Do you want to take your ordinary lesson to the next level, incorporating movement with your teaching concepts that will enhance student engagement and understanding? In watching the video Dramatic Interpretations of Poetry on the Teaching Channel (https://www.teachingchannel.org/videos/dramatic-interpretations-of-poetry), Mr. Wasse takes concepts such as vocabulary acquisition, comprehension of text, character perspectives and peer relationships, and utilizes movement and drama to captivate and motivate student involvement. In listening to the interviews of Mr. Wasse and his students, I am inspired by the creativity and depth this lesson illustrates.
Mr. Wasse uses a familiar movement game (Fox and Hare) for his students at the beginning of the lesson to review and deepen the understanding of the word exclusion. After the game ends, there is a class discussion of the term exclusion, how it was used in the game, and his prompting helps to make this term relevant and connected to what students have experienced in their lives (higher order thinking). He then takes text from poetry to help make connections to this term, and introduces a new vocabulary term, status, to the children. Again, Mr. Wasse scaffolds this new vocabulary term by having students pose their bodies in ways that show someone has a higher/lower status, which is a concrete representation of something that may seem abstract or hard to understand from a sixth grade perspective. Students use an excerpt from poetry to make connections with these terms, and then are given opportunities to create “tableaus” in small groups. These tableaus are frozen scenes of the characters from the excerpt, and how they might be depicted and why. The discussions by students are very powerful to watch, and students are seen working together to justify why they pose in the way that they do. They have the chance to “perform” their tableaus for their classmates, and are given feedback from their peers based on questions/prompts on a teacher-created peer assessment form. They even have a chance to “role play” their character’s perspective by taking questions from the audience about how they feel or their response to other characters in their tableau. Mr. Wasse brings in another technique of asking children to think forward from a character’s perspective. How might a character look ten years from now? What characters would be involved in this new tableau/scene?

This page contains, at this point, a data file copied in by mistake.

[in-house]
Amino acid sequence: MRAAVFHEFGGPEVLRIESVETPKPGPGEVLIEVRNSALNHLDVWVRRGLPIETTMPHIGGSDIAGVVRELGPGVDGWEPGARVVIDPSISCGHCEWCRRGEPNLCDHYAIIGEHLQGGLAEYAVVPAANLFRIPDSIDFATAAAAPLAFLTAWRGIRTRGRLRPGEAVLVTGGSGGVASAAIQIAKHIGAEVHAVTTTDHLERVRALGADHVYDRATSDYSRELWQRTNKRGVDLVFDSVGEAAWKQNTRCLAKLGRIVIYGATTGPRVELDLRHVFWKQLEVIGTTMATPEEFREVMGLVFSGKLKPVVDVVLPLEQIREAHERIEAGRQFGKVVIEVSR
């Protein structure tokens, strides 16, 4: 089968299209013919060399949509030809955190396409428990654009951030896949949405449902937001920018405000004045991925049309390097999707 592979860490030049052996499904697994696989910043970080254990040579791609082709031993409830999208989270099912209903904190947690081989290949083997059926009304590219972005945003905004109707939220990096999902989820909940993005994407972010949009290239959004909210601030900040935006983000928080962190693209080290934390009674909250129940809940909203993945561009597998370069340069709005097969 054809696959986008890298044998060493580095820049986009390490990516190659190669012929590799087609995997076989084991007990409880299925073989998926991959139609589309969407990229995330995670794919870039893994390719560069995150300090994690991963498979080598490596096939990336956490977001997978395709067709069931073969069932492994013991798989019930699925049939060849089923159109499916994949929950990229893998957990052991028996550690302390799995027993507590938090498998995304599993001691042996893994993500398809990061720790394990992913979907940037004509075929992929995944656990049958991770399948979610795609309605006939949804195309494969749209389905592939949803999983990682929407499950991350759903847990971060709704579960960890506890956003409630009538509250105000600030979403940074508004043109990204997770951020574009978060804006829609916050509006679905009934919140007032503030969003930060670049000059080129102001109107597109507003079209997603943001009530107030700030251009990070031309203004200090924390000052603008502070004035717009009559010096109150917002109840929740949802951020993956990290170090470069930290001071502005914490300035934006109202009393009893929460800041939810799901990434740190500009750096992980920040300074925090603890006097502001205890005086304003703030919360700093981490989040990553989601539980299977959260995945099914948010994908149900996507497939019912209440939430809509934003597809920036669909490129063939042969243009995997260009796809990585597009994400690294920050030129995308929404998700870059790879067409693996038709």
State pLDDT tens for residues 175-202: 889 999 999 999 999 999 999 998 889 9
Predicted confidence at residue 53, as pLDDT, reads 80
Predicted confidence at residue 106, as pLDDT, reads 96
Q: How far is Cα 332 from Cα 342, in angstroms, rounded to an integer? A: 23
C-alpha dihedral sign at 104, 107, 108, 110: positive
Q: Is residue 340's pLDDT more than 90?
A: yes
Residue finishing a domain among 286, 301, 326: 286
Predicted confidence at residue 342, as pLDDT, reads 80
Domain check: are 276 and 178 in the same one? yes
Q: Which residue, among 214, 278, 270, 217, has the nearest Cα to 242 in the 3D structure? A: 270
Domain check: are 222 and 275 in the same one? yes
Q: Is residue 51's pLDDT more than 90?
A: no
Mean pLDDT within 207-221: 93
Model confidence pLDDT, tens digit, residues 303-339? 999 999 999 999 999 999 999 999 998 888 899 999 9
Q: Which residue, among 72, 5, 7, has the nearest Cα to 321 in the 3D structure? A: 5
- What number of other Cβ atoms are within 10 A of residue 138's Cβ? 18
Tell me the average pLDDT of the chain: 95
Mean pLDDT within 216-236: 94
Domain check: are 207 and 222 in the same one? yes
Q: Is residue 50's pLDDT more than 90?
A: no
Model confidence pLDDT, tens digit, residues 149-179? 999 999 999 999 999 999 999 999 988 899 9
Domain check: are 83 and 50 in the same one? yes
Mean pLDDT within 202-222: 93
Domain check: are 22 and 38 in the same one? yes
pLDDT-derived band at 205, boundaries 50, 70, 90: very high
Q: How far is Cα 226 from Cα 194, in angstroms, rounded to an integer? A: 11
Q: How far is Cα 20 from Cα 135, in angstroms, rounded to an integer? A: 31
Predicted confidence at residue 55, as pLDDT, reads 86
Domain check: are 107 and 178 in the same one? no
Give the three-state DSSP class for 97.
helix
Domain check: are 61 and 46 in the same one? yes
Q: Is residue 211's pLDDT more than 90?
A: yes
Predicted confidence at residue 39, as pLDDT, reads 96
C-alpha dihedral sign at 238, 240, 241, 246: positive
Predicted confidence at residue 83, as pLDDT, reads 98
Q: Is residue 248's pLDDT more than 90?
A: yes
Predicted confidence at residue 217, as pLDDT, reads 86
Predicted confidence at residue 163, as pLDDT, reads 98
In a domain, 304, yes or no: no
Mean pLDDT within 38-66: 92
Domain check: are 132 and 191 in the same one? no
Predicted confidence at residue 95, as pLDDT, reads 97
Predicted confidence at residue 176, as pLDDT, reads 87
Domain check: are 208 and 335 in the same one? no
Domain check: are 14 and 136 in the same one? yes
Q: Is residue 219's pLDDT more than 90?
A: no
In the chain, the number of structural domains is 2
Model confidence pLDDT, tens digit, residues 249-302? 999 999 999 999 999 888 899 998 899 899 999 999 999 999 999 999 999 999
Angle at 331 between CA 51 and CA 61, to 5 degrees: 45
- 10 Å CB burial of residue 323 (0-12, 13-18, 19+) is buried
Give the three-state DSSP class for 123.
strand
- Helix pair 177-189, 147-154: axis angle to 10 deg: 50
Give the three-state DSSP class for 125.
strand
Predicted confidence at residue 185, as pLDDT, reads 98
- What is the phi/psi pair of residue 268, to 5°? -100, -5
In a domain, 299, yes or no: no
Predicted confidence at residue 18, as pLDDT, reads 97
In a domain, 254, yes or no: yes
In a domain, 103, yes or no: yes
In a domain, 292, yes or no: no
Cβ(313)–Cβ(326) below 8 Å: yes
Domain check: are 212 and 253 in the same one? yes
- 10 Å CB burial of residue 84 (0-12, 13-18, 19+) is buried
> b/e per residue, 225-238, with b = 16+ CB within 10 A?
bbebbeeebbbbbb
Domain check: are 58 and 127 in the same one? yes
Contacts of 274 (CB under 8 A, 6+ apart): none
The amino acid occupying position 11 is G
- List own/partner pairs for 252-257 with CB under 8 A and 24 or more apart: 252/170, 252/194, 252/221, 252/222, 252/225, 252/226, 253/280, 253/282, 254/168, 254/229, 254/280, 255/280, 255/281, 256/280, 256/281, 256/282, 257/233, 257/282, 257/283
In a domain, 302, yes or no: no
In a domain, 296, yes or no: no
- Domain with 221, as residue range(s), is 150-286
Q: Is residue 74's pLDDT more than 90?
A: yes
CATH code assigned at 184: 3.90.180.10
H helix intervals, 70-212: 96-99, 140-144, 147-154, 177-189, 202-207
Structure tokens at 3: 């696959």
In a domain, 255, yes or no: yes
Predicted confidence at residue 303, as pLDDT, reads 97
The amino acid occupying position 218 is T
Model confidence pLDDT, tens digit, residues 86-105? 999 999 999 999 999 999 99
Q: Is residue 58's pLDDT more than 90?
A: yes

After viewing this video, I felt empowered as a teacher to find ways to use movement throughout the day with the students I teach. This video depicted middle school students participating in an “ideal” way, fully engaged and acquiring skills that will be carried on through adolescence and beyond. This video reminds all educators about the power we have when creating/crafting our lessons. What we do and how we do it is the art and science in our profession, having huge implications on student engagement and learning. What Total Participation Techniques are you using to craft your daily lessons? How engaged are your students? I highly recommend taking the time to watch Mr. Wasse and become inspired by his participation techniques.
Note: The Teaching Channel video is about 16 min. long. Total Participation Techniques refer to the text of the same title written by Himmele and Himmele.